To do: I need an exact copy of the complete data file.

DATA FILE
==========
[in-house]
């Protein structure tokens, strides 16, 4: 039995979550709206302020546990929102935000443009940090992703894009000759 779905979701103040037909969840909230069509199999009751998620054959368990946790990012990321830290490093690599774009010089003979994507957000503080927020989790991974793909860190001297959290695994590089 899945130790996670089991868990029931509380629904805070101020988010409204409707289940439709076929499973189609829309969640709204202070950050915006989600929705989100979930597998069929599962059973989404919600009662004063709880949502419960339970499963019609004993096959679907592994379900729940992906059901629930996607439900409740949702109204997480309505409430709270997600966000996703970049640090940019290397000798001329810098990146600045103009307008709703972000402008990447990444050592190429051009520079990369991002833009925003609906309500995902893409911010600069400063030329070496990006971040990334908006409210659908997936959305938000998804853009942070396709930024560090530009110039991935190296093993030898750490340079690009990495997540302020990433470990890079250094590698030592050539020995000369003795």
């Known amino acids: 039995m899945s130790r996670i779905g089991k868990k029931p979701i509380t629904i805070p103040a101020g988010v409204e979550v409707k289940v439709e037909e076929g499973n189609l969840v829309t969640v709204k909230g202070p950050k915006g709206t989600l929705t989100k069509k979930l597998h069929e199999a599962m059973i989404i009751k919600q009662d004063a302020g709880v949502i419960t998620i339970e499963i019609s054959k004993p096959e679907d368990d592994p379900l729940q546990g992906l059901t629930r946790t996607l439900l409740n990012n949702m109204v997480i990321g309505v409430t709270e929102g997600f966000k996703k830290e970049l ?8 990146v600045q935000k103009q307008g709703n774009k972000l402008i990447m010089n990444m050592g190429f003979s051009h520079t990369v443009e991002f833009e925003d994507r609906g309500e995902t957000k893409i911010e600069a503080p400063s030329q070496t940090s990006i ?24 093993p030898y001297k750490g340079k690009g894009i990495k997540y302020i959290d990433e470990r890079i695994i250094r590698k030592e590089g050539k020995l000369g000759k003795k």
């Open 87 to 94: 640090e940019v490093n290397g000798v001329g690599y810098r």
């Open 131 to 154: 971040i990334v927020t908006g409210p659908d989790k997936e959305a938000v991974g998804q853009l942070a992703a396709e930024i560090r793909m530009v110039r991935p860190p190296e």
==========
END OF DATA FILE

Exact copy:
[in-house]
């Protein structure tokens, strides 16, 4: 039995979550709206302020546990929102935000443009940090992703894009000759 779905979701103040037909969840909230069509199999009751998620054959368990946790990012990321830290490093690599774009010089003979994507957000503080927020989790991974793909860190001297959290695994590089 899945130790996670089991868990029931509380629904805070101020988010409204409707289940439709076929499973189609829309969640709204202070950050915006989600929705989100979930597998069929599962059973989404919600009662004063709880949502419960339970499963019609004993096959679907592994379900729940992906059901629930996607439900409740949702109204997480309505409430709270997600966000996703970049640090940019290397000798001329810098990146600045103009307008709703972000402008990447990444050592190429051009520079990369991002833009925003609906309500995902893409911010600069400063030329070496990006971040990334908006409210659908997936959305938000998804853009942070396709930024560090530009110039991935190296093993030898750490340079690009990495997540302020990433470990890079250094590698030592050539020995000369003795």
């Known amino acids: 039995m899945s130790r996670i779905g089991k868990k029931p979701i509380t629904i805070p103040a101020g988010v409204e979550v409707k289940v439709e037909e076929g499973n189609l969840v829309t969640v709204k909230g202070p950050k915006g709206t989600l929705t989100k069509k979930l597998h069929e199999a599962m059973i989404i009751k919600q009662d004063a302020g709880v949502i419960t998620i339970e499963i019609s054959k004993p096959e679907d368990d592994p379900l729940q546990g992906l059901t629930r946790t996607l439900l409740n990012n949702m109204v997480i990321g309505v409430t709270e929102g997600f966000k996703k830290e970049l ?8 990146v600045q935000k103009q307008g709703n774009k972000l402008i990447m010089n990444m050592g190429f003979s051009h520079t990369v443009e991002f833009e925003d994507r609906g309500e995902t957000k893409i911010e600069a503080p400063s030329q070496t940090s990006i ?24 093993p030898y001297k750490g340079k690009g894009i990495k997540y302020i959290d990433e470990r890079i695994i250094r590698k030592e590089g050539k020995l000369g000759k003795k």
């Open 87 to 94: 640090e940019v490093n290397g000798v001329g690599y810098r």
């Open 131 to 154: 971040i990334v927020t908006g409210p659908d989790k997936e959305a938000v991974g998804q853009l942070a992703a396709e930024i560090r793909m530009v110039r991935p860190p190296e």